John Shahidi’s five-employee startup, RockLive, wasn’t expecting a call from the world’s fastest man. The summer before last year’s Olympics, managers for Usain Bolt wanted the app developer to help enhance the sprinter’s brand for the London Games. With the Jamaican runner expected to win several gold medals (he ended up with three), his management wanted to make use of his online followers to increase his commercial value to sponsors such as Gatorade, Puma, and Hublot Swiss watches. Shahidi’s team built a simple action game, Bolt!, in which the athlete fights off pirates to claim his gold, with the occasional Gatorade energy boost. The free app has been downloaded more than 3 million times.
From Tiger Woods and former Arizona Cardinals quarterback Kurt Warner to Ultimate Fighting Championship’s Georges St-Pierre, current and former sports stars are contracting with software developers to launch branded apps and expand their marketing reach. “We’ve been approached by a ton of different athletes,” says Shahidi, whose first app, RunPee, tells filmgoers the ideal times to take bathroom breaks based on lulls in movies’ plots. He’s also built a soccer app for Real Madrid forward Cristiano Ronaldo and a boxing app for Mike Tyson. “With their growing numbers on social media, they have the power to build something that they can co-own vs. just giving their name out as part of a licensing deal,” he says.
While there are hundreds of thousands of apps for sale on Apple’s (AAPL) App Store and Google’s (GOOG) Play service, athletes have an outsize ability to cut through the noise. “There is a major discovery problem among app developers right now, and this helps,” Shahidi says. “The celebrity-branded apps have a competitive advantage.”
Some athletes’ apps are tied to their sport, as with San Francisco Giants slugger Buster Posey’s home run derby-themed Buster Bash. Others, like Atlanta Falcons tight end Tony Gonzalez’s exercise-regimen app FitStar, are more general fitness tools. While none of these projects are likely to win any design awards, some athletes’ willingness to give their backing is a milestone in the development of the smartphone and tablet app economy, which is projected to grow to $84.5 billion this year, says Carl Howe, an analyst for market researcher Yankee Group. Four-time Super Bowl champion Joe Montana has spent $100,000 to build iMFL, a fantasy-football app. “It indicates the mobile economy is a pretty mainstream thing,” says Howe, when “jocks can do it, too.”
That’s not to say every athlete-endorsed app is a sure thing. In March, sports apps comprised about 3.4 percent of programs with active users in Apple’s App Store and Google Play, compared with 4.3 percent the previous year. Tyson, whose boxing game had an OK run in the App Store before being removed for updating, did little beyond lending his name and doing some marketing appearances. “My wife told me to do it,” Tyson says. Montana, who joined forces with a software developer living in his San Francisco high-rise, hasn’t forgotten his short-lived Sega (6460:JP) console football game from two decades ago. (A rival series that John Madden endorsed became the long-running standard.) Still, neither is giving up on the app market. “This space is exciting,” says Montana, who’s helping to refine test copies of his fantasy-football app, such as suggesting a limit on the time between plays. Tyson says, “I’m the kind of geek that will kick your butt.”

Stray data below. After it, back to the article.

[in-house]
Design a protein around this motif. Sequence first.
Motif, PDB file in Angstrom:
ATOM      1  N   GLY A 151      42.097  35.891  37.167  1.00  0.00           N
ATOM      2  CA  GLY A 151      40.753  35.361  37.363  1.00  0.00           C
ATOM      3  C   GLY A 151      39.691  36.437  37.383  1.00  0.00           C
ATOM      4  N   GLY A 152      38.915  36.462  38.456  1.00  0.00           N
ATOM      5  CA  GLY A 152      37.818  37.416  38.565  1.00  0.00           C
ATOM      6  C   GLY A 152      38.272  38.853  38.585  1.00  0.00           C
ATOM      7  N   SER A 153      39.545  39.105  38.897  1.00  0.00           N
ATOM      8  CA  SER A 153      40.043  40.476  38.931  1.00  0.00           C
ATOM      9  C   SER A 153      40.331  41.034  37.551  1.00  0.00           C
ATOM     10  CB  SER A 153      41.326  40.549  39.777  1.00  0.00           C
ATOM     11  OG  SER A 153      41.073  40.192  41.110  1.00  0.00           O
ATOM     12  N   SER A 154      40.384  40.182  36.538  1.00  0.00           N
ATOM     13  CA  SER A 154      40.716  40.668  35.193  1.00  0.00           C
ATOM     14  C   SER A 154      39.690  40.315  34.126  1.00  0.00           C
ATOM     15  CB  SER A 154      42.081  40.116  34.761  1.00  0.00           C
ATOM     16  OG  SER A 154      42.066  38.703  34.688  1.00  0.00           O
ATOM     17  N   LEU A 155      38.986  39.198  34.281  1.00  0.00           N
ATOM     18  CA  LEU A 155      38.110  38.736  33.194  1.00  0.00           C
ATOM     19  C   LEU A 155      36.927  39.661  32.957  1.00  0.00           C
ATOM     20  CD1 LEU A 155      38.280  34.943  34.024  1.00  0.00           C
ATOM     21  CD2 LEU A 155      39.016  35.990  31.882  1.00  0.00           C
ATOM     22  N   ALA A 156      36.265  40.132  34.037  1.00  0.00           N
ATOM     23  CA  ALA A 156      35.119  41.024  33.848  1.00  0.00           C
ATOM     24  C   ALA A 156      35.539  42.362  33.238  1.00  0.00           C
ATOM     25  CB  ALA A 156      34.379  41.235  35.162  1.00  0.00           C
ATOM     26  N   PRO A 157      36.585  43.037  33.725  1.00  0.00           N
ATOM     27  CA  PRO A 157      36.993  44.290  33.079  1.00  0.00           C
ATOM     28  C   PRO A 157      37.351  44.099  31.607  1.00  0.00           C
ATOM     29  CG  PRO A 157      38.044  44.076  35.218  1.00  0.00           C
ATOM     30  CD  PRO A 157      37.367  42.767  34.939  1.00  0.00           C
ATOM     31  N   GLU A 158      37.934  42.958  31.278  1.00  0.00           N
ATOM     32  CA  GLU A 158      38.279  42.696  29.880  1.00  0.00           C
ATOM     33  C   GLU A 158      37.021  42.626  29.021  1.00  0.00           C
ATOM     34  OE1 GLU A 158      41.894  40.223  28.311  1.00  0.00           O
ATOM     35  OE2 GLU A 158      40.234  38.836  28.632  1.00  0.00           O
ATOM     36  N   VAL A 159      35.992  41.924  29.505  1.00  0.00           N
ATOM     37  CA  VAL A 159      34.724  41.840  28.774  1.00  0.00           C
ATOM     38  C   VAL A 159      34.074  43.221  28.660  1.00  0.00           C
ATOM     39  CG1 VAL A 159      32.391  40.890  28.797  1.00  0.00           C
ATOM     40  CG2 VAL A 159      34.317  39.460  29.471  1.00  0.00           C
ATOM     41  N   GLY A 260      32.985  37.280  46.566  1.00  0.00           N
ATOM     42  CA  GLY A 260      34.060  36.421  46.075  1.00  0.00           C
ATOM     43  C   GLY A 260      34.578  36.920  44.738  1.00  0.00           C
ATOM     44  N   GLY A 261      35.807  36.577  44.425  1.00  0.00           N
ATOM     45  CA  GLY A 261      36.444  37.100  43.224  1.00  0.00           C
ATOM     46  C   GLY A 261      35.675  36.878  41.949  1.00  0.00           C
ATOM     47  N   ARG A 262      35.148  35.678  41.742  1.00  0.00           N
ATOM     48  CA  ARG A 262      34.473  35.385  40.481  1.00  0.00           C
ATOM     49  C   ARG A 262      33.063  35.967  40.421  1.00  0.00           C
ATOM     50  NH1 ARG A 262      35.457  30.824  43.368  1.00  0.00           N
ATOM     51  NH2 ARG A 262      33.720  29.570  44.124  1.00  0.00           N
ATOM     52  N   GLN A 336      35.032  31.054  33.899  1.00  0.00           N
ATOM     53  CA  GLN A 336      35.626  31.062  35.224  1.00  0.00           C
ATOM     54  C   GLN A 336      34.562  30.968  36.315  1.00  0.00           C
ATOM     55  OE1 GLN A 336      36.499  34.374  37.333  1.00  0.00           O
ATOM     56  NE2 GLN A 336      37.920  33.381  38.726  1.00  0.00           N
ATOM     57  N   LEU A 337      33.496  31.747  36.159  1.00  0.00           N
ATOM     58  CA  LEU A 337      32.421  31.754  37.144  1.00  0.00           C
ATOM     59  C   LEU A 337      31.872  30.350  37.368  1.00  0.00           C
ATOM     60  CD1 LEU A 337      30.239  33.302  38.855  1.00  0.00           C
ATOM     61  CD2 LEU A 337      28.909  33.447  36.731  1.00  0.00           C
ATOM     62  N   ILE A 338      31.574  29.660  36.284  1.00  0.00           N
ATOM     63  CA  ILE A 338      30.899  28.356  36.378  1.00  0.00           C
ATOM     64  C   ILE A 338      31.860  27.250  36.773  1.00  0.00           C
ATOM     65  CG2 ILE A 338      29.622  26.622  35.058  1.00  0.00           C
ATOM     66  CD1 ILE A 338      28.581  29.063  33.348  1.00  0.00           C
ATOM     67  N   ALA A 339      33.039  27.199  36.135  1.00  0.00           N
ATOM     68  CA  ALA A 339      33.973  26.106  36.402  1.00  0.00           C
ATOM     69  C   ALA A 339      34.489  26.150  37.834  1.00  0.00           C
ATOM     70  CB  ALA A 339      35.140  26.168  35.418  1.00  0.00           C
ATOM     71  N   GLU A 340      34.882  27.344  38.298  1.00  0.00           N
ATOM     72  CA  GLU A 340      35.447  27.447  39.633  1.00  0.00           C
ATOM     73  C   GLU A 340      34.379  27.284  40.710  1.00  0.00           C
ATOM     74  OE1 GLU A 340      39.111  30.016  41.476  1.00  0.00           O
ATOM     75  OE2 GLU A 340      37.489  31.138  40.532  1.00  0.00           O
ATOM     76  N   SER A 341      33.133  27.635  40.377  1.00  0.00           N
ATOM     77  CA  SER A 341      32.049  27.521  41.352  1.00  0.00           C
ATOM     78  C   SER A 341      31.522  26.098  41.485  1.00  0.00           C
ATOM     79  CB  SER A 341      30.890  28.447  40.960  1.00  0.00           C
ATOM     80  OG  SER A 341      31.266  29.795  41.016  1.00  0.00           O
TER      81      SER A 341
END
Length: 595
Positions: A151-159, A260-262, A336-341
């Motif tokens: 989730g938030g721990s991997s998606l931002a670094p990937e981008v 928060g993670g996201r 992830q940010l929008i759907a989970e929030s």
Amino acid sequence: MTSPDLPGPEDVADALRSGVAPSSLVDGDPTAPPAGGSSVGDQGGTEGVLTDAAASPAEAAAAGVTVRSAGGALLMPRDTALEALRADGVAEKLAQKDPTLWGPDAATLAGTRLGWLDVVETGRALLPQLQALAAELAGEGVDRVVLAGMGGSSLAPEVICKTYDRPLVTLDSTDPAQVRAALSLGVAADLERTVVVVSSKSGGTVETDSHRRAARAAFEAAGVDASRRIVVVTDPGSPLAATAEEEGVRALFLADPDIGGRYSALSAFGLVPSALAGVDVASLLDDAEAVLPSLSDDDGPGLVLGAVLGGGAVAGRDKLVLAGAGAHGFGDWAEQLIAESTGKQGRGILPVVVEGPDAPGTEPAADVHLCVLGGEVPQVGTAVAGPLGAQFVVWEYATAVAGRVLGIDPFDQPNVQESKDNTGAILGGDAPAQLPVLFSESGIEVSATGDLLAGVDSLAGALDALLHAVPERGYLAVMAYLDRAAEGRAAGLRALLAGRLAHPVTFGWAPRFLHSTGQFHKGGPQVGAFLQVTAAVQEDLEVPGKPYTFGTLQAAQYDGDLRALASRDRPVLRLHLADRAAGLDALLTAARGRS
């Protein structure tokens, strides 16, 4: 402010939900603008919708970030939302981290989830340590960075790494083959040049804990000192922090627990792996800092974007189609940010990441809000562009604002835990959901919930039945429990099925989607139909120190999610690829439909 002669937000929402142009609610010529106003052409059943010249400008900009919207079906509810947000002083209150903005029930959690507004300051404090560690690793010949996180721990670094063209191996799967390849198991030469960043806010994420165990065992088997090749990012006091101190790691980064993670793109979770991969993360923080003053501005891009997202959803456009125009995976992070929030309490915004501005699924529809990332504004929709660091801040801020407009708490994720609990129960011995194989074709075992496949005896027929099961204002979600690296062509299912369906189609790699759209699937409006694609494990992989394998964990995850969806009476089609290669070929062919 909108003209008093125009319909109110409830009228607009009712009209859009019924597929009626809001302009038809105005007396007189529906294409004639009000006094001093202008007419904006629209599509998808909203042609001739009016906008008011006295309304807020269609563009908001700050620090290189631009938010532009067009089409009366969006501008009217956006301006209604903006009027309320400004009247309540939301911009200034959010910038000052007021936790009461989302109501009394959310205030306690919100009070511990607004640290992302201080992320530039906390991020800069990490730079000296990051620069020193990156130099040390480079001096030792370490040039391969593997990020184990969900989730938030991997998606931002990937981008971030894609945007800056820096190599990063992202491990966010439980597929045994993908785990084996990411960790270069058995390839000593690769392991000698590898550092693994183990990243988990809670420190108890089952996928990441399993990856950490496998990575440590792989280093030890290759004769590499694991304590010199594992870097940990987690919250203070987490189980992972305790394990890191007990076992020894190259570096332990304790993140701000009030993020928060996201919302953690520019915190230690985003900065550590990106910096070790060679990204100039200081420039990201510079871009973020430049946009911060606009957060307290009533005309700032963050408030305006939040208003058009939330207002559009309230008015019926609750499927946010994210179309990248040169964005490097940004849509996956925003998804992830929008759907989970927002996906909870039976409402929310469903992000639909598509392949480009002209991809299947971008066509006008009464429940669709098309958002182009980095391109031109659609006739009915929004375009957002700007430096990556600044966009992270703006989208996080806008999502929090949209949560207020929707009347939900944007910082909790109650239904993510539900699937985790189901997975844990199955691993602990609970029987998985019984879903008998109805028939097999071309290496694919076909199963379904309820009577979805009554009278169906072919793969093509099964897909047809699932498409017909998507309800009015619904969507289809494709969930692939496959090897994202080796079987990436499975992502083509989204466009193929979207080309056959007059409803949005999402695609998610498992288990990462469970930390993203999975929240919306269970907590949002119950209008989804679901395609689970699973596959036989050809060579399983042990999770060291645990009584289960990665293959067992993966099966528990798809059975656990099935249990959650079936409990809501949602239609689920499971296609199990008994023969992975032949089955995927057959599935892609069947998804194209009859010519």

App deals between athletes and software developers are structured in various ways but often involve joint ownership, with both sides sharing revenue from downloads and ads. The sports stars’ agents and managers typically take the lead on the deals. Creative Artists Agency in Los Angeles connected Gonzalez, the Atlanta Falcons tight end, with former Digg Chief Strategy Officer Mike Maser. Their fitness app is slated for release this month, and Maser says Gonzalez has been intimately involved with development, refining workouts and filming several days’ worth of routines that are incorporated into the software. The project has shown enough promise that Maser intends to introduce other athlete and celebrity-driven apps focused on fitness. “The app ecosystem is maturing to a place where it’s a viable medium for athletes and celebrities to participate,” he says.
For garage developers without access to a brand-name sports star, the success of pro athlete apps may mean a big new barrier to entry as they stake their coding reputation and, in some cases, their savings on a piece of mobile software. “It’s definitely not like the early days of the App Store,” says Eliran Sapir, the co-founder of Apptopia, an online marketplace created for developers to sell their apps to other companies. “A lot of developers are getting fatigued because they realize there’s not a future here.” As the number of star-backed ventures with big marketing budgets grows, unknowns without lucrative connections may get crowded out. “The era of the garage developer may be over,” Yankee Group’s Howe says.